Lively, entertaining reviews of, and essays on, old and newer films and everything relating to them, written by professional author William Schoell.

Thursday, January 5, 2017


Anthony Eisley and Mamie Van Doren
THE NAVY VS. THE NIGHT MONSTERS (1966). Director: Michael A. Hoey.

A plane carrying scientists and specimens from Antarctica crash lands on an island in the south seas where a Naval base is located. There is nothing inside the plane but the pilot, who is in shock. Lt. Brown (Anthony Eisley) is in conflict with civilian meteorologist Spaulding (the perpetually scowling Edward Faulkner) as the two are both interested in nurse Nora (Mamie Van Doren), while Ensign Chandler (Bobby Van) has a thing for another nurse, Diane (Kaye Elhardt), as CPO Twining (Billy Gray) kibitzes. People begin to disappear and a horribly decomposed corpse is discovered. A scientist named Marie (Pamela Mason) and the base doctor (Phillip Terry), among others, try to figure out what's going on. Apparently some acidic mobile vegetative creature is roaming the island, feeding upon anyone who is luckless enough to get in its path ... Talk about a strange cast: Here is a movie in which we combine a well-known hoofer; the teenage son from Father Knows Best;  James Mason's ex wife, Pamela; Joan Crawford's ex-husband, Terry; the doctor (Russ Bender) from War of the Colossal Beast; Mike Hammer (Biff Elliot as a commander); and the pouty breasts of Mamie Van Doren. Clearly inspired by Day of the Triffids (the poster for Night Monsters looks almost exactly like the one for Triffids) made four years earlier, while also channeling such films as From Hell It Came ( a cursed killer tree) and Voodoo Island (man-eating plants), Night Monsters is watchable and resembles a fifties creature feature. The monstrous trees in this picture remind one of the creature in Womaneater -- who knows? -- it may have been the same prop. The monsters emit eerie noises and the film is undeniably creepy at times. Pamela Mason gets eaten and Billy Gray has his arm torn off in the film's grisliest scene. The movie starts off like a dumb service comedy but quickly picks up. Gerald Zahler's musical score is effective and the acting is mostly competent.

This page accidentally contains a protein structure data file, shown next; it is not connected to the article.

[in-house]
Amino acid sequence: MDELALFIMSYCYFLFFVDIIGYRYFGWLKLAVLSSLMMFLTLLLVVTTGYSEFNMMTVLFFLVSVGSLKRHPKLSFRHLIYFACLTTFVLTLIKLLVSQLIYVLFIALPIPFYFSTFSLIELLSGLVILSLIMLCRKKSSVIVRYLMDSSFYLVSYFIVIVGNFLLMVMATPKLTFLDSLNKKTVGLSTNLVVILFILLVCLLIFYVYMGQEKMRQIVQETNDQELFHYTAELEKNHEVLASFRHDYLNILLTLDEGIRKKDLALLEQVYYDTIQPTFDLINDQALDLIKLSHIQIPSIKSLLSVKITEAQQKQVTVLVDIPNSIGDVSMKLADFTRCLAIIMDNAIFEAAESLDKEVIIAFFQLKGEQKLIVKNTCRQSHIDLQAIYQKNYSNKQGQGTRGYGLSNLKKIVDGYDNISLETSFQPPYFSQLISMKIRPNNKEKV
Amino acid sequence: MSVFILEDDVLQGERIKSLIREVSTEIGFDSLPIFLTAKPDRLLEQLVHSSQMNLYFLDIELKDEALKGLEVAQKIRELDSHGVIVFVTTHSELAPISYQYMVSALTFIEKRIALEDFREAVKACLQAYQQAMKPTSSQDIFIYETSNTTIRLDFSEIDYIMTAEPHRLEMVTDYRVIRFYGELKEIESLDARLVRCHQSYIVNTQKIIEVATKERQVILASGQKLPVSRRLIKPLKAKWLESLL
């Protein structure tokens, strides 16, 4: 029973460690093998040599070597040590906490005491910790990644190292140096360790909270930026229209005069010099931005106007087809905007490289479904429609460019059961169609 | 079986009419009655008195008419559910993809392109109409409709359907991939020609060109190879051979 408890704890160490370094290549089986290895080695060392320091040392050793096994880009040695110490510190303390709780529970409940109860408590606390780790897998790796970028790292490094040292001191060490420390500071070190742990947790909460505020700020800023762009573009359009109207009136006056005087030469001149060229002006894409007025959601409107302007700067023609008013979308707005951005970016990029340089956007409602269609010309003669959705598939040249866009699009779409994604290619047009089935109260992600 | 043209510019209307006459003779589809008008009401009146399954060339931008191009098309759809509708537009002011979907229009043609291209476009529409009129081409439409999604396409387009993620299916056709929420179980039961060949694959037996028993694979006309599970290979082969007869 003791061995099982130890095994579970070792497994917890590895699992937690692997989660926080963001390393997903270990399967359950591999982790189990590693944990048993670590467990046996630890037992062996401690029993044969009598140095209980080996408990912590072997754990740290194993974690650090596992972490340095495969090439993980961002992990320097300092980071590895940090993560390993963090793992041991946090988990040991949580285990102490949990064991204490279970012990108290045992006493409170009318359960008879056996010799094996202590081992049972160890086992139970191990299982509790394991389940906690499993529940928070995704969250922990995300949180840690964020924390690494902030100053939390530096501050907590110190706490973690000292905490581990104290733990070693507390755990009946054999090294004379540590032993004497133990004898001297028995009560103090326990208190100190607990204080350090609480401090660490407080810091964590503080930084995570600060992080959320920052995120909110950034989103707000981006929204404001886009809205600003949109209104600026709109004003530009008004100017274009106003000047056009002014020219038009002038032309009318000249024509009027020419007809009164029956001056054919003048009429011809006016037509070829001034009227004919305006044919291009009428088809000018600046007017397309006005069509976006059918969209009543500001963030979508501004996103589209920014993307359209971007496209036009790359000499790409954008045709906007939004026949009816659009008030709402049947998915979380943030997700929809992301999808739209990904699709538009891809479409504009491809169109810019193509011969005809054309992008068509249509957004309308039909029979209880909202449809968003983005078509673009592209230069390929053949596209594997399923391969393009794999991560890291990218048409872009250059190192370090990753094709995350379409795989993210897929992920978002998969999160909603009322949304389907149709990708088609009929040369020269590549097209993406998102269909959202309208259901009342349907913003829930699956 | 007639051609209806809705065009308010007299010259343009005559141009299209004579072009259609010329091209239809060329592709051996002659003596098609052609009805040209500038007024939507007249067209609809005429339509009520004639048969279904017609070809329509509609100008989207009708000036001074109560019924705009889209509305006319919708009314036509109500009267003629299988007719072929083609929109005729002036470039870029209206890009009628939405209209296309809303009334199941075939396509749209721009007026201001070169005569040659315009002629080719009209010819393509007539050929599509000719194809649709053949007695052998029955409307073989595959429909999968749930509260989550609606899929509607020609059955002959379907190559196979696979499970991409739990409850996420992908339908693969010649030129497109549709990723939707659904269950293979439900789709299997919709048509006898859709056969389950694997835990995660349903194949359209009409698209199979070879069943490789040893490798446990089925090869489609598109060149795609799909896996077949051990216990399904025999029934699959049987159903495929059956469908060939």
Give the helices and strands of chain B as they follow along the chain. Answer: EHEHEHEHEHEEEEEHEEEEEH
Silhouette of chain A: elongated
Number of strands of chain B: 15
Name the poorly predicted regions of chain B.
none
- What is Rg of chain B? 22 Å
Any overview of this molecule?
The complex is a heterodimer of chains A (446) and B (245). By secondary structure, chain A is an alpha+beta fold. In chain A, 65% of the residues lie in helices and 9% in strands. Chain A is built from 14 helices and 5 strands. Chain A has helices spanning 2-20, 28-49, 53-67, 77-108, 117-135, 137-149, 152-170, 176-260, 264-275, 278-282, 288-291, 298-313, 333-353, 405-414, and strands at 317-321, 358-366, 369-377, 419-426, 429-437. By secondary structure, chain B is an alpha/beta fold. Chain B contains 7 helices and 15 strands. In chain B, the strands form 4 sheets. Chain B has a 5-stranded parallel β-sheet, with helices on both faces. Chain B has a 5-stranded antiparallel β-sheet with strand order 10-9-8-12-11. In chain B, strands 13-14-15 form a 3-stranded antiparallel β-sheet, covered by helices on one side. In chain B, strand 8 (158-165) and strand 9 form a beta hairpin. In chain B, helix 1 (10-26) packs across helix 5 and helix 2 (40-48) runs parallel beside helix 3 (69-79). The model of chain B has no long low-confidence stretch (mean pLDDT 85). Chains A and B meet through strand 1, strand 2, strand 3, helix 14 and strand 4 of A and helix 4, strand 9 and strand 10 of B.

Verdict: Remember to eat your vegetables! **1/2.

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